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Catch the Latest Interview with Atti Worku

By Sara     About Seeds of Africa

 

Meeting with Atti Worku is always extremely inspiring to learn more about her achievements and goals within her foundation. While asking Atti questions regarding Seeds of Africa, she explains her plans for her new school and what individuals can do to support her campaign, emphasizing the younger generation.

What is currently happening within the Seeds of Africa Foundation?

Currently, we are working on our new project “The Dream School” in Ethiopia. We just finished our research stage and now we are transitioning into the design stage. The architect for the school, Teddy Pauly, is currently working in Ethiopia and will be there from May to August to finish the layout. This is perfect for fundraising because when Teddy returns our campaigning will begin this October until October 2015. The campaign is a multi-city fundraiser that will spread throughout Dallas, Chicago, and New York. I will travel and present this project with hopes to raise enough money to make this dream a reality.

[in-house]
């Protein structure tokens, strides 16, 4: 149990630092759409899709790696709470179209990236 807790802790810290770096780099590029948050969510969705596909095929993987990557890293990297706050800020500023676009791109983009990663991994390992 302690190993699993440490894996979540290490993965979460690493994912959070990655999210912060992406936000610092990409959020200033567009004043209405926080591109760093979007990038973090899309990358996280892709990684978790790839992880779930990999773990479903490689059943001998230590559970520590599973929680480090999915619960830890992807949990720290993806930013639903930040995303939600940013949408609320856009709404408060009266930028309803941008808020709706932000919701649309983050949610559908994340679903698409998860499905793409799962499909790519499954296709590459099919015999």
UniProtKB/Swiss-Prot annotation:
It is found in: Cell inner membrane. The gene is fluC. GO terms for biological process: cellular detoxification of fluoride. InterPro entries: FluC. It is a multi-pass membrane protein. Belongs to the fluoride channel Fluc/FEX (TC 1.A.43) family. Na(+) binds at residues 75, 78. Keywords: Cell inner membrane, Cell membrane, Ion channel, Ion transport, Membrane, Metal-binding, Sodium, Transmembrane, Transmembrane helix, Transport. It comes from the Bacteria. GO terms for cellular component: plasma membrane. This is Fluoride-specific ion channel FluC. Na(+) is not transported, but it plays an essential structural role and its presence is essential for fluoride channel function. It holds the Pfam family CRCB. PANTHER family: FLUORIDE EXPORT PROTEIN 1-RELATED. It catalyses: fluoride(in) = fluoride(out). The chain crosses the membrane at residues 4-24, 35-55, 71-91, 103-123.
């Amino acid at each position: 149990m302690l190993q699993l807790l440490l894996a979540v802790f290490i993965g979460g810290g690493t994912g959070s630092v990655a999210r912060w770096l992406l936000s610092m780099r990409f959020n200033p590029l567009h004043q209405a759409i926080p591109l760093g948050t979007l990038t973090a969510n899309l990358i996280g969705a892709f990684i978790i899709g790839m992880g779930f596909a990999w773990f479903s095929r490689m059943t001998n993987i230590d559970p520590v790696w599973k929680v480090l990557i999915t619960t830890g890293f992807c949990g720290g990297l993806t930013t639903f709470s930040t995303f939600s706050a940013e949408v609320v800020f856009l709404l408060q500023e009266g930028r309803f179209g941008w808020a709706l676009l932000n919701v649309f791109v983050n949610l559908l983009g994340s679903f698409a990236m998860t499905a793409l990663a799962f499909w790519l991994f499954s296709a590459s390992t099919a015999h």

What is your view on the younger population becoming more involved in Philanthropy?

I think it is very important to get involved in Philanthropy work. First, remember that it is a learning experience, this type of work is not just all about how much money is made. Philanthropy involves learning how to use resources you normally use in order to make a difference.  People can talk about issues on social media or even volunteer. Second, learn how you can make a difference. People may be intimidated or think it is out of their element but they have to realize there is always so much more they can do. I love the quote, “To whom it is given, much is expected”.  In other words, everyone has different gifts and we have to learn how to share them.

How can the younger generation become involved?

With the campaign beginning soon, the younger generation can talk about it and promote social awareness for our new school. It is a cycle of getting the word out, starting from a younger generation and spreading into a larger audience. The younger demographic is bigger and able to get the word out there faster.

How did the documentary, Off to Ethiopia, help your foundation?

The documentary’s opening presentation helped us gain various connections and support for our foundation. We received over $50,000 from multiple donors. Part of the challenge is getting people to learn about our project, so the documentary really helped us reach another demographic where we can talk about what we are doing.

 

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